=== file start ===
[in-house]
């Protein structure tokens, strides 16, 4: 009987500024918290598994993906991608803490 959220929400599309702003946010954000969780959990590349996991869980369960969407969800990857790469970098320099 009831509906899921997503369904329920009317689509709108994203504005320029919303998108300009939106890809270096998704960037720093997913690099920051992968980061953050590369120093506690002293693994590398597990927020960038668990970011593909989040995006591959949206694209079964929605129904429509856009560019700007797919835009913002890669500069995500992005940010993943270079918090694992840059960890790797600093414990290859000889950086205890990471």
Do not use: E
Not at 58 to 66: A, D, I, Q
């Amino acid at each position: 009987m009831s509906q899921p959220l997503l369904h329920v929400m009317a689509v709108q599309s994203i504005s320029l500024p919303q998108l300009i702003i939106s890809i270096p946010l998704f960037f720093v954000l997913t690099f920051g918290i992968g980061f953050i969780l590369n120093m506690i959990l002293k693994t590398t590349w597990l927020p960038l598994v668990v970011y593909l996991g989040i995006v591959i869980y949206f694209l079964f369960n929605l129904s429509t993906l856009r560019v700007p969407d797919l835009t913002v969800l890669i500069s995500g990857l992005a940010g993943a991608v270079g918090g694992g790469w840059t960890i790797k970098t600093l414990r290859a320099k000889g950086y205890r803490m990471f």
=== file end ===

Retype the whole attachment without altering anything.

[in-house]
């Protein structure tokens, strides 16, 4: 009987500024918290598994993906991608803490 959220929400599309702003946010954000969780959990590349996991869980369960969407969800990857790469970098320099 009831509906899921997503369904329920009317689509709108994203504005320029919303998108300009939106890809270096998704960037720093997913690099920051992968980061953050590369120093506690002293693994590398597990927020960038668990970011593909989040995006591959949206694209079964929605129904429509856009560019700007797919835009913002890669500069995500992005940010993943270079918090694992840059960890790797600093414990290859000889950086205890990471």
Do not use: E
Not at 58 to 66: A, D, I, Q
């Amino acid at each position: 009987m009831s509906q899921p959220l997503l369904h329920v929400m009317a689509v709108q599309s994203i504005s320029l500024p919303q998108l300009i702003i939106s890809i270096p946010l998704f960037f720093v954000l997913t690099f920051g918290i992968g980061f953050i969780l590369n120093m506690i959990l002293k693994t590398t590349w597990l927020p960038l598994v668990v970011y593909l996991g989040i995006v591959i869980y949206f694209l079964f369960n929605l129904s429509t993906l856009r560019v700007p969407d797919l835009t913002v969800l890669i500069s995500g990857l992005a940010g993943a991608v270079g918090g694992g790469w840059t960890i790797k970098t600093l414990r290859a320099k000889g950086y205890r803490m990471f």